The axis alignment based on the additional points is extremely useful when one collects the ground reaction force data in conjunction with motion analysis. In order to combine both data sets for, perhaps, inverse dynamics one must unify the reference frames. Figure 4 illustrates the reference frames involved in this situation.

Figure 6

The plate reference frame (XPYPZP system in Figure 4) is fixed to the center of the surface of the plate. By using three corners of the plate as additional points, one can define the global reference frame at one corner (A1) of the plate. Therefore, the axes of the new global reference frame become parallel to those of the plate reference frame. By translating the force plate reference frame to the global reference frame located at the corner, one can unify the reference frames used in the motion analysis and in the ground reaction force analysis. In reality, one needs to translate the center of pressure data only because the axes of the two systems are already parallel. The dimension of the plate is known, so this should be a simple matter.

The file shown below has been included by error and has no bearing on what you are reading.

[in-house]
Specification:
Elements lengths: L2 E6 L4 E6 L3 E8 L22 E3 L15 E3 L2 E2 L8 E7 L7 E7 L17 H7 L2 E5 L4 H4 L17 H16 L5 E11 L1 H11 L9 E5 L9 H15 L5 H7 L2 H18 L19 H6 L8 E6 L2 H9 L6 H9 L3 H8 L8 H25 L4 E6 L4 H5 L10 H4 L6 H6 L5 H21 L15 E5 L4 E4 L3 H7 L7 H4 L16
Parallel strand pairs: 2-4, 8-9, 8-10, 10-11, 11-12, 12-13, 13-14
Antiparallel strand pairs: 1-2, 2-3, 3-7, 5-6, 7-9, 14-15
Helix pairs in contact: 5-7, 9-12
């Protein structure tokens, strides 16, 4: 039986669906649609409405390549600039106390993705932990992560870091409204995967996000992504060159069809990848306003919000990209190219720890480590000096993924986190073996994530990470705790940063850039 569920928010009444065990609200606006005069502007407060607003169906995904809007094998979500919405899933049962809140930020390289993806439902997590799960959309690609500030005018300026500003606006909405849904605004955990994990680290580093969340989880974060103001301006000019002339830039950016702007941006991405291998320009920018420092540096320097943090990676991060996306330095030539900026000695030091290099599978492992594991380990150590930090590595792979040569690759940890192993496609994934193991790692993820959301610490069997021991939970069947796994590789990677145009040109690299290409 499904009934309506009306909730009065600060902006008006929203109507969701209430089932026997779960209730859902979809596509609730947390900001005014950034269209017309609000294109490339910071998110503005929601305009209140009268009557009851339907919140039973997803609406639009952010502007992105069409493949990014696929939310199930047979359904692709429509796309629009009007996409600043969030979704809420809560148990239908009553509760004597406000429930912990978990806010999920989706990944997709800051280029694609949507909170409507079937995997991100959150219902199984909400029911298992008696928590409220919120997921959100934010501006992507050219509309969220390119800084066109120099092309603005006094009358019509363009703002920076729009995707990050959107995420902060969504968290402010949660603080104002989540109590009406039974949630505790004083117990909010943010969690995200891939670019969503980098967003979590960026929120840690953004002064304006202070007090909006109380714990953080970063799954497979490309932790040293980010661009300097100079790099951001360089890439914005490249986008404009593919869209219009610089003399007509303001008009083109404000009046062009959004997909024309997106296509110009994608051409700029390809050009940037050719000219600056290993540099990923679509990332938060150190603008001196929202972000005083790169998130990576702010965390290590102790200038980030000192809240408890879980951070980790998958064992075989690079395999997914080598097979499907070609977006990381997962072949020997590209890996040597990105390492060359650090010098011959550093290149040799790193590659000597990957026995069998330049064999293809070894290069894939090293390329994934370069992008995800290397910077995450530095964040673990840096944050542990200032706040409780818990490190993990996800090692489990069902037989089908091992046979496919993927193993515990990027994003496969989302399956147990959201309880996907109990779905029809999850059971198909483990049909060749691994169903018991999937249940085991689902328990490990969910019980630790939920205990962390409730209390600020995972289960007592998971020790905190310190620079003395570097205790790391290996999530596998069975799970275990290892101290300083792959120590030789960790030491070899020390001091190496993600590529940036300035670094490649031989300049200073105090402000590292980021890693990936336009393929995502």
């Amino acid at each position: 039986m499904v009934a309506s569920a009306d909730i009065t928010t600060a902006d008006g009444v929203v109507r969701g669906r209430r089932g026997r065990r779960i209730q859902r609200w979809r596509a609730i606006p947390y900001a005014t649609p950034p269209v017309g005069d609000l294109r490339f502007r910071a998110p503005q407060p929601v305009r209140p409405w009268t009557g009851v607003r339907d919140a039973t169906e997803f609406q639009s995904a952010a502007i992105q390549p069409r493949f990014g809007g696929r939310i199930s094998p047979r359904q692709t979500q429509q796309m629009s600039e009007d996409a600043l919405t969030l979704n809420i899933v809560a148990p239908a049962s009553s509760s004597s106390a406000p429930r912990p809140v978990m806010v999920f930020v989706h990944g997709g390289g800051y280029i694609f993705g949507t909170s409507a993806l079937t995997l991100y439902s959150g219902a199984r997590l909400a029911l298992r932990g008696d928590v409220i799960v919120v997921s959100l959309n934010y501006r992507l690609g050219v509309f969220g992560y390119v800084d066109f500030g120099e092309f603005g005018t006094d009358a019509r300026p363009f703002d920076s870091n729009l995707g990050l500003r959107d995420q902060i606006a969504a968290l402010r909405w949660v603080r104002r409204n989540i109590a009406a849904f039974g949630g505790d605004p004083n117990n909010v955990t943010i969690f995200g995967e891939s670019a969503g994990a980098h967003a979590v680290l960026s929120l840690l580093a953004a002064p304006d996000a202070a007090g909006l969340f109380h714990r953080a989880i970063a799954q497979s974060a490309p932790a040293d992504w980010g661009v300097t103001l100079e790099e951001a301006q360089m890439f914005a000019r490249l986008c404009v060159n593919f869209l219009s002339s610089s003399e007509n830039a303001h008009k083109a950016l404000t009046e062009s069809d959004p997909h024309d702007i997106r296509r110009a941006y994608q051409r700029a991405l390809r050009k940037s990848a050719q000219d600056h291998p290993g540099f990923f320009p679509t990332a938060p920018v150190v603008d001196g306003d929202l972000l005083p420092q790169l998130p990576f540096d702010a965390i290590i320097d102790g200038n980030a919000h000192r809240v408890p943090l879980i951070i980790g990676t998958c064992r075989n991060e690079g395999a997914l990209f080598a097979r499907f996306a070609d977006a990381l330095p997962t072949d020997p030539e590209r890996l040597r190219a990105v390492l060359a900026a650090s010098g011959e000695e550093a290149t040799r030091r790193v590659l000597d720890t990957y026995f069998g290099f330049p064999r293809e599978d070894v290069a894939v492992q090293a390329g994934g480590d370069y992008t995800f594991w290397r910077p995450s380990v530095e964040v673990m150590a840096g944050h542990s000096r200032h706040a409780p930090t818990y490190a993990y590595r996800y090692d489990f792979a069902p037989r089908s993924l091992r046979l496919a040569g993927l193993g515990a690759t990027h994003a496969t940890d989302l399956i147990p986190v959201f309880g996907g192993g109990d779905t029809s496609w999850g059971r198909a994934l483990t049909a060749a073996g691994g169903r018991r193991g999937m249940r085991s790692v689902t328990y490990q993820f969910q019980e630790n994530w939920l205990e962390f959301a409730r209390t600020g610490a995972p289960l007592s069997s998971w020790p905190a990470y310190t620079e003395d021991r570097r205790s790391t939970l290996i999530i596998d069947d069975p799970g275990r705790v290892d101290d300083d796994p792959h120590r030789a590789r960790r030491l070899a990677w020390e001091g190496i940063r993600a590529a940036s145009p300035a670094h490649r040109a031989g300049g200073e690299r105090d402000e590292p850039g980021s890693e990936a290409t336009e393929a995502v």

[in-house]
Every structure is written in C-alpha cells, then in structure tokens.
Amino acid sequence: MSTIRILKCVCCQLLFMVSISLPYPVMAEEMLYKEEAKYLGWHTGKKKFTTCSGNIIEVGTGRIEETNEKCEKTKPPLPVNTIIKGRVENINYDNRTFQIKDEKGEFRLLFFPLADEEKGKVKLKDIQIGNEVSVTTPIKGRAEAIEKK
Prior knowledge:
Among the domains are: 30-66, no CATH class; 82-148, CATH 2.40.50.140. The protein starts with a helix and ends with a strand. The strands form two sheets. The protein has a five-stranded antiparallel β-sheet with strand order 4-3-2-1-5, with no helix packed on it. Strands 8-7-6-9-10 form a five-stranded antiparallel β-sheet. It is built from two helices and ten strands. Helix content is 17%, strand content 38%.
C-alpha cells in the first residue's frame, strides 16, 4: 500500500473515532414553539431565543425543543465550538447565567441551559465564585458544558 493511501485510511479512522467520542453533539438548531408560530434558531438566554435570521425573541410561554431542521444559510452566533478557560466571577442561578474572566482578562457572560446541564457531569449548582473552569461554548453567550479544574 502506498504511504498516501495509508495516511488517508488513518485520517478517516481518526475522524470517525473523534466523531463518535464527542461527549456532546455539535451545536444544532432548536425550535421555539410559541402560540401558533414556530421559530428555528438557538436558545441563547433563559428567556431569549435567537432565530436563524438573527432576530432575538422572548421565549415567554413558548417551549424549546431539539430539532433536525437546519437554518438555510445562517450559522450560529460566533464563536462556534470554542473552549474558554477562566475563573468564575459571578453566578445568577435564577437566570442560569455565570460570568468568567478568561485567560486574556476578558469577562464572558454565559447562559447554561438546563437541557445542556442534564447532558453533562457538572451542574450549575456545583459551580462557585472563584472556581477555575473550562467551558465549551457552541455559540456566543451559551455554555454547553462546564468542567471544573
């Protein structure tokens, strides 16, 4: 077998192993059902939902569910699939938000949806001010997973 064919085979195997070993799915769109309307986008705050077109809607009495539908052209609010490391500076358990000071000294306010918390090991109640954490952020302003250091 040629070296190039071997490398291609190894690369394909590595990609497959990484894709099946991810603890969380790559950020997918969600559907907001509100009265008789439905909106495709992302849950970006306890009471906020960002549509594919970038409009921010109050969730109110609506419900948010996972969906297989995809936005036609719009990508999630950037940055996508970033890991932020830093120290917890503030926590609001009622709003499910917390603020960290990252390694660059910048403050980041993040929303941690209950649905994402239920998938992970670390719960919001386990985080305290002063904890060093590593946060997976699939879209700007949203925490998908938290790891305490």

Placing markers at the corners of the plate may cause problems in some cases and it is often advantageous to use a set of specially-designed markers for this purpose. Figure 7 shows an example.

Figure 7

The additional markers in Figure 7 are not on the surface but above the plate. The height of the marker is known so the origin of the reference frame can be easily translated back to the surface of the plate.